The year in song reflected the state of the world around us. Here are the 70 songs that spoke to us this year.

70. The Horrors - "Machine"

On their fifth album V, the Horrors expand on the bright, psychedelic territory they explored with Luminous, anchoring the ten new tracks with retro synths and guitar fuzz freakouts. "Machine" is the delicious outlier and the most vitriolic cut on the record, with Faris Badwan belting out accusations to the song's subject, who may even be us. The concept of alienation is nothing new, but here the Brits incorporate a beautiful metaphor of an insect trapped in amber as an illustration of the human caught within modernity. Whether our trappings are technological, psychological, or something else entirely makes the statement all the more chilling. - Tristan Kneschke

Keep reading... Show less

The Best Dance Tracks of 2017

Photo: Murielle Victorine Scherre (Courtesy of Big Beat Press)

From the "shamanic techno" of Parisian duo Pouvoir Magique to Stockholm Noir's brilliant string of darkly foreboding, electro-licked singles, here are ten selections that represent some of the more intriguing dance offerings of 2017.

In June of 2016, prolific producer Diplo lambasted the world of DJ's in an interview with Billboard, stating that EDM was dying. Coincidentally enough, the article's contents went viral and made their way into Vice Media's electronic music and culture channel Thump, which closed its doors after four years this summer amid company-wide layoffs. Months earlier, electronic music giant SFX Entertainment filed bankruptcy and reemerged as Lifestyle, Inc., shunning the term "EDM".

So here we are at the end of 2017, and the internet is still a flurry with articles declaring that Electronic Dance Music is rotting from the inside out and DJ culture is dying on the vine, devoured by corporate greed. That might all well be the case, but electronic music isn't disappearing into the night without a fight as witnessed by the endless parade of emerging artists on the scene, the rise of North America's first Electro Parade in Montréal, and the inaugural Electronic Music Awards in Los Angeles this past September.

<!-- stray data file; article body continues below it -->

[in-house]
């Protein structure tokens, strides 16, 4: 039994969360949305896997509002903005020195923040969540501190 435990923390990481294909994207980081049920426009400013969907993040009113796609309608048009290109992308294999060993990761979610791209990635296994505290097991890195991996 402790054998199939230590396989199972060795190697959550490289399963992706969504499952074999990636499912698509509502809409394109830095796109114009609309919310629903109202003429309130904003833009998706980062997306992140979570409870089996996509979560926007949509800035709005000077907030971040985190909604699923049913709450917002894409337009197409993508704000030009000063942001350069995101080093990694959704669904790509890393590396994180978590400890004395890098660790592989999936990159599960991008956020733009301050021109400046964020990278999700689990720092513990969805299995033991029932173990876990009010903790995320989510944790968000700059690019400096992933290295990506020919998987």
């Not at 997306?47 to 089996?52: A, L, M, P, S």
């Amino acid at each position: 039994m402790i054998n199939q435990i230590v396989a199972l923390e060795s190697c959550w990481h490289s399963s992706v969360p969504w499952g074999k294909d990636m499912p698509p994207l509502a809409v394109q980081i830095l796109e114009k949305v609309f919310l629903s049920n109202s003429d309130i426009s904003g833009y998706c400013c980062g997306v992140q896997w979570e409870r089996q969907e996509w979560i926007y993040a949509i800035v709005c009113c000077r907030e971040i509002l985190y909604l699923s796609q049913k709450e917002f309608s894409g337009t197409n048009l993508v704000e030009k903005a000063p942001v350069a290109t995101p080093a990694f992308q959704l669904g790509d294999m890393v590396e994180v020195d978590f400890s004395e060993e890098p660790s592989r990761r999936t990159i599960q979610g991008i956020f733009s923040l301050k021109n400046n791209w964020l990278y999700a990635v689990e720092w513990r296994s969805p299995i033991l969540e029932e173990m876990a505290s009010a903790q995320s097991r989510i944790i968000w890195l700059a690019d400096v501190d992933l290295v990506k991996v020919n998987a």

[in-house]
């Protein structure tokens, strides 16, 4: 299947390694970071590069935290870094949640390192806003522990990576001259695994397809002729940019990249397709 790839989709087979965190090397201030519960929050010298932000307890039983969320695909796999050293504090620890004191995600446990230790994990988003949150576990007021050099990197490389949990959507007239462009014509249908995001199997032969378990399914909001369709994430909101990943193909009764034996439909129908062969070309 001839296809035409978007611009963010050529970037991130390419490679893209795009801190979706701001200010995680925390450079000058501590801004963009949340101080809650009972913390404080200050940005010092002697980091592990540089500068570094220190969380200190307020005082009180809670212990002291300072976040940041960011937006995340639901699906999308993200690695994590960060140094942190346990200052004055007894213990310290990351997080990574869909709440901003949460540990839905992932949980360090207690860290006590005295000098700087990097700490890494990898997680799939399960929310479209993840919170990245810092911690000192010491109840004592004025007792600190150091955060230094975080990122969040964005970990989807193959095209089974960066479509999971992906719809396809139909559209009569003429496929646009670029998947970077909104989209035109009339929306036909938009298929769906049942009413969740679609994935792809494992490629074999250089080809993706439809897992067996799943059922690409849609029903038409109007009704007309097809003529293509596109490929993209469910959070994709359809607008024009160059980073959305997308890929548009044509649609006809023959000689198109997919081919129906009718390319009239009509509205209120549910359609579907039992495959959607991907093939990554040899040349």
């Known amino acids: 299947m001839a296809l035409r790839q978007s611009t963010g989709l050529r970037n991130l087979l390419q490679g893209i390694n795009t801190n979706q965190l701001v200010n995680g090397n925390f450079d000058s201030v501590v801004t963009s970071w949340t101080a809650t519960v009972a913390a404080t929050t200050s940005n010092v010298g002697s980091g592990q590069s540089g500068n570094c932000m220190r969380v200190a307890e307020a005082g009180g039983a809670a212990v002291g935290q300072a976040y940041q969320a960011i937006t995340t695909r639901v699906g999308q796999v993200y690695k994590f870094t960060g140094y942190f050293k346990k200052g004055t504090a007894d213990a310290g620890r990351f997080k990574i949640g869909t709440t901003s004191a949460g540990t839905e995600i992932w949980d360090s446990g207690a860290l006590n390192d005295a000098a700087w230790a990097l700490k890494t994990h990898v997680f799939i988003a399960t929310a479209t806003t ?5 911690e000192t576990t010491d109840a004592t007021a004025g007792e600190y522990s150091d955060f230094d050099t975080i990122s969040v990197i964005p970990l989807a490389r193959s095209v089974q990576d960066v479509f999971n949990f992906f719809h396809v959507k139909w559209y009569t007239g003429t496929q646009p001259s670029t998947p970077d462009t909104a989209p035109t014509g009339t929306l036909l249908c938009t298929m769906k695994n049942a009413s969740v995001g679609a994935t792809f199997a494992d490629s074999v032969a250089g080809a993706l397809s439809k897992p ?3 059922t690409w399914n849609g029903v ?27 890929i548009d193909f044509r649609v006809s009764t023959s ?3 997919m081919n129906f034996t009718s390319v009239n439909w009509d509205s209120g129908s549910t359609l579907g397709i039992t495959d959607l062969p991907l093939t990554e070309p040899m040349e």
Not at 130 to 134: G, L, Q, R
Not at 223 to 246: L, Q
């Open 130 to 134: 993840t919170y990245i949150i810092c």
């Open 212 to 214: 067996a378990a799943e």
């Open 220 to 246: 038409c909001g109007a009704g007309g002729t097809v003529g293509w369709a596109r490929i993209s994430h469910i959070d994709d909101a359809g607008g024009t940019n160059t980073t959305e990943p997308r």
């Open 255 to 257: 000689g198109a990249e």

For every insipid, automaton disc jockey-producer, there are innovative minds like Anna Lunoe, Four Tet, and the Black Madonna, whose eclectic, infectious sets display impeccable taste, a wealth of knowledge, and boundless creativity. Over the past few years, many underground artists have been thrust into the mainstream spotlight and lost the je ne sais quoi that made them unique. Regardless, there will always be new musicians, producers, singers, and visionaries to replace them, those who bring something novel to the table or tip a hat to their predecessors in a way that steps beyond homage and exhilarates as it did decades before.

As electronic music continues to evolve and its endless sub-genres continue to expand, so do fickle tastes, and preferences become more and more subjective with a seemingly endless list of artists to sift through. With so much music to digest, its no wonder that many artists remain under the radar. This list hopes to remedy that injustice and celebrate tracks both indie and mainstream. From the "shamanic techno" of Parisian duo Pouvoir Magique to Stockholm Noir's brilliant string of darkly foreboding, electro-licked singles, here are ten selections that represent some of the more intriguing dance offerings of 2017.

10. Moullinex - “Work It Out (feat. Fritz Helder)”

Taken from Portuguese producer, DJ, and multi-instrumentalist Luis Clara Gomes' third album Hypersex, "Work It Out" like all of its surrounding companions is a self-proclaimed, "collective love letter to club culture, and a celebration of love, inclusion and difference." Dance music has always seemingly been a safe haven for "misfits" standing on the edge of the mainstream, and while EDM manufactured sheen might have taken the piss out of the scene, Hypersex still revels in that defiant, yet warm and inviting attitude.